How did you like the article?
0
How did you like the article?
0

Google Search Console for beginners

For anyone who manages a website, either for themselves or for customers, there is no avoiding the Google Search Console. Until recently, the free analysis and service tool was known as Google Webmaster Tools, but was renamed and expanded with new features in 2015. The online tool, which is available for free following a simple one-time registration, provides practical assistance for website optimisation to beginners as well as experienced web developers.

Google Search Console (GSC) is a powerful tool for web developers that provides access to valuable statistics, allows easy manipulation of site settings, and alerts developers to the presence of malware. Why all this for free? Because Google naturally has a vested interest in websites that are well-programmed and contain limited source code errors. The goal of the search engine is to display as many high-quality sites to users as possible in their search results. Google uses Search Console to provide users with a tool that allows the site operator to make constant improvements.

How to use Google Search Console?

To use the tool, a developer first registers their website (or Android app) with the appropriate URL in the Search Console. An existing Google account is required to do this. After the website URL has been submitted, Google will verify the registration.

Unlike many other SEO tools, GSC files are not public. Access is only permitted to the designated operator of the site. Various methods are available for verification. 

Uploading a HMTL file is the method recommended by Google. A HTML confirmation page is downloaded from the GSC. The file is then integrated into your own page, and a confirmation link is sent to Google to verify the successful download. Alternatively, a HMTL tag can be linked to the homepage, or the site can be verified through a valid Google Analytics Account, Google Tag Manager, or by a relevant domain name provider. As soon as Google confirms the registration, all functions are available for use.

The most important functions of Google Search Console

The Google Search Console offers many functions for the management and monitoring of various site parameters, providing users with valuable tips for optimisation. On the dashboard, the developer sees an overview of all important statistics and innovations.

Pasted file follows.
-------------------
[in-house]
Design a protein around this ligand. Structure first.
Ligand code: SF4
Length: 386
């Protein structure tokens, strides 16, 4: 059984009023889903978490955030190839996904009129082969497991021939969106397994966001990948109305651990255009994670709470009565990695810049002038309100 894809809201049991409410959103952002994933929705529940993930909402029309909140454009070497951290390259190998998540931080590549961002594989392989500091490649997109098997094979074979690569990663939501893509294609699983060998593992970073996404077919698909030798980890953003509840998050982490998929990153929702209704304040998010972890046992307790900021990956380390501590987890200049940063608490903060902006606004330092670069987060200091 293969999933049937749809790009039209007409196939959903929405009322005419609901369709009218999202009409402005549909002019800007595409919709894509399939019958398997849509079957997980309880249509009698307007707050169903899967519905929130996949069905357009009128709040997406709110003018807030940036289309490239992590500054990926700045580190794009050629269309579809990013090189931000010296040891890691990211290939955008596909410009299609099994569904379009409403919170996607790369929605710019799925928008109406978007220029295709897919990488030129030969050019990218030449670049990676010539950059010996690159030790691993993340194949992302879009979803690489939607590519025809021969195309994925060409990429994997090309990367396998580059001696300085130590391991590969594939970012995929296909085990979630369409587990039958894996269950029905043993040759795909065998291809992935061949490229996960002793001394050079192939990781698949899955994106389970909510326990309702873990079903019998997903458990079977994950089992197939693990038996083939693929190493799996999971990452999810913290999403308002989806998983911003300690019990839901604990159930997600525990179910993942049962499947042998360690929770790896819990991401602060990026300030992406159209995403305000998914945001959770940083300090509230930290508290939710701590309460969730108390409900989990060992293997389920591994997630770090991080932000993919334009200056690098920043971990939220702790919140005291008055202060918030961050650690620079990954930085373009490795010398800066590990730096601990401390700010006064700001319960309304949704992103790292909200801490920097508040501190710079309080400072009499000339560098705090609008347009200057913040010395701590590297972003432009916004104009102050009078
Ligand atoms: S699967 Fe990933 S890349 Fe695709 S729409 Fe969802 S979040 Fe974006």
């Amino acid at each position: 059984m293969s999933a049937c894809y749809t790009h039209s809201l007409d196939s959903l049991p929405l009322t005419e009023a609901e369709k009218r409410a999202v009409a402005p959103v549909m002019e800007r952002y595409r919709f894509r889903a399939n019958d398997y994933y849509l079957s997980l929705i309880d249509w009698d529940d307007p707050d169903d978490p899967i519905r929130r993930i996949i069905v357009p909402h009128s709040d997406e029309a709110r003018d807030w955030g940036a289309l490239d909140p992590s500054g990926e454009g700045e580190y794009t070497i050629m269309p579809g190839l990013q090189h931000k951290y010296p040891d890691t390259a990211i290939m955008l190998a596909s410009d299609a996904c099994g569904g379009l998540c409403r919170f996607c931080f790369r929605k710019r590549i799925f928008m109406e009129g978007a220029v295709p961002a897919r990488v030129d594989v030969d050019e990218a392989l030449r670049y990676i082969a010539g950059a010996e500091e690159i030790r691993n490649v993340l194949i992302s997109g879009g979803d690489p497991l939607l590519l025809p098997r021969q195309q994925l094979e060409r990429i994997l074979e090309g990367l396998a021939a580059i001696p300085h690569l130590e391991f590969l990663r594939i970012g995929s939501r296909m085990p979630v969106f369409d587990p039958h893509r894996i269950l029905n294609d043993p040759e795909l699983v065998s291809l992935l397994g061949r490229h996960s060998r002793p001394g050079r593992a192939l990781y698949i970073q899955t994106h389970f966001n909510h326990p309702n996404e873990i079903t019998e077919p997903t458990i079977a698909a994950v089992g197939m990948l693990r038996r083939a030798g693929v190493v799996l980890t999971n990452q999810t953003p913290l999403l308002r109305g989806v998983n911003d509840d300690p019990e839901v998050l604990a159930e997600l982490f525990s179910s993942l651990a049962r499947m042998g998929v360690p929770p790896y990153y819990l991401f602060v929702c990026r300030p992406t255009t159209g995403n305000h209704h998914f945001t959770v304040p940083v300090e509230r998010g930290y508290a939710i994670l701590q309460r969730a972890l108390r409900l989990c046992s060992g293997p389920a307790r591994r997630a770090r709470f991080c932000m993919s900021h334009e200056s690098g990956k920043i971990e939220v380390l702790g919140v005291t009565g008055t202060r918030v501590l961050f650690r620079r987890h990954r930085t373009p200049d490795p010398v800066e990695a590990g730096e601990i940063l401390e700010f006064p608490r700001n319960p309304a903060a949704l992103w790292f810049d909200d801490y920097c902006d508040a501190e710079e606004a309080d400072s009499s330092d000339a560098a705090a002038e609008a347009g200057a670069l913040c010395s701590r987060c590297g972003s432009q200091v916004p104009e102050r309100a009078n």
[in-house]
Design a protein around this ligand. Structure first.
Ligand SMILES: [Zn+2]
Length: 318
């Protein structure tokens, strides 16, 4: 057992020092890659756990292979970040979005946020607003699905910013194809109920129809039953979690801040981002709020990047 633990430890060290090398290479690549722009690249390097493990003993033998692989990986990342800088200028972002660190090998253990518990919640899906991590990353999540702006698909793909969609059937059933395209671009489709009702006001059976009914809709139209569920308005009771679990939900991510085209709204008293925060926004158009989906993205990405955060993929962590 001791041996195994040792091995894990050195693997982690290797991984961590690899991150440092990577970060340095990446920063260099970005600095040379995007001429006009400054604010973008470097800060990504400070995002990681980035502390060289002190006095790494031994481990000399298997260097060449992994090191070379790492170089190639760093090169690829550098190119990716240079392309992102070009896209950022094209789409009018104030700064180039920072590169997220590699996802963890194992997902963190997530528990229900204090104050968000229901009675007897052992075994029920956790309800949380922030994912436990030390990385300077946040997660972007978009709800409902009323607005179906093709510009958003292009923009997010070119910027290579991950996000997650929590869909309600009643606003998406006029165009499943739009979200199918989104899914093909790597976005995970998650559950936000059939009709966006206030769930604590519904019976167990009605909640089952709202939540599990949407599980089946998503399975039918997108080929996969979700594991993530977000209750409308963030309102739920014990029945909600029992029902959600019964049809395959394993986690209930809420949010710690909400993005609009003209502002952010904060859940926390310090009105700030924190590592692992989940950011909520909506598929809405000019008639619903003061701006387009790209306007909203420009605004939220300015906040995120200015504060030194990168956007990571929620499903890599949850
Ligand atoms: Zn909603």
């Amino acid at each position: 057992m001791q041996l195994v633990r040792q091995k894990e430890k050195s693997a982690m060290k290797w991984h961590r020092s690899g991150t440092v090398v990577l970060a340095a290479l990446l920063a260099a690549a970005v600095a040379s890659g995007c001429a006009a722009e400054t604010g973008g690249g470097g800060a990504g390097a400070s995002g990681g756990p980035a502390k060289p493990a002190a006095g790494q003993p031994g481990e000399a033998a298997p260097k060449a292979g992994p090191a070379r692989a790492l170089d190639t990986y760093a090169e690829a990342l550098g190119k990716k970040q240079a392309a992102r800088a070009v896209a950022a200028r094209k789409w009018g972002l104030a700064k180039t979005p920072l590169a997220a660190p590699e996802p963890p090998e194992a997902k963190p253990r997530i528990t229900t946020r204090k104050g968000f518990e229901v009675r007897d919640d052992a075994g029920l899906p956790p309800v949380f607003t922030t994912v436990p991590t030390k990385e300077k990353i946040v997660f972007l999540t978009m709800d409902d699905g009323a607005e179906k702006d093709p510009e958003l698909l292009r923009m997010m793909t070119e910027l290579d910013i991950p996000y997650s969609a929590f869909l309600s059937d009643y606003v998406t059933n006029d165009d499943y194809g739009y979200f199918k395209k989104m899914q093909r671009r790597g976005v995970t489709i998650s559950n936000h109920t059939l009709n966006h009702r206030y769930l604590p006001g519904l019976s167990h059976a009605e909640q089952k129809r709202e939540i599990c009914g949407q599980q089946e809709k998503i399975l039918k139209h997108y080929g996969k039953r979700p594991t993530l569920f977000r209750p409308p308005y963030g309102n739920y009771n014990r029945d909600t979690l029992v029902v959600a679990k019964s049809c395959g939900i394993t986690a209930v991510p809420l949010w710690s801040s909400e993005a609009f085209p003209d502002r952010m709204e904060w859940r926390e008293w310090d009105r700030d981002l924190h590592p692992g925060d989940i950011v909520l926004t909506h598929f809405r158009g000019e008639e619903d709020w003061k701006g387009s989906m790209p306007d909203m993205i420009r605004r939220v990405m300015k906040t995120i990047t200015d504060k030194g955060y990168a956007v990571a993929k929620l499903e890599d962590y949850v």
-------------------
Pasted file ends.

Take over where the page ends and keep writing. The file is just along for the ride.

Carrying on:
The tool also helps users understand how Google sees their website, how the Google crawler is doing its indexing, and where technical constraints exist and improvement is needed. Here is a brief overview of the most important functions:

Search appearance

Listed under the menu element “Search Appearance” are all the tools that have to do with the representation of a website in Google search results.

Structured data

Structured data helps Google correctly interpret the content of a website and understand its connections. For that reason, Google is provided with ratings, event info, or other information contained on the pages of its websites. If Google recognises this kind of structured data, this information can be displayed as an additional component in the preview snippets of search results.

Structured data can be made available by providing sites with special HTML mark-ups. The individual data mark-ups are listed on schema.org. The HTML code can either be changed manually or by using the GSC data highlighter. Data highlighters are used to mark relevant positions on a website, such as opening times or prices. The Search Console can be used to ensure that highlighters have been used correctly, and that the data entered is accurate.

One recent addition is the sub-tem “rich cards”. Rich cards were recently introduced by Google as an innovation in the search results list. In the future, management of the required structured data will also be taken over by the GSC.

HTML improvements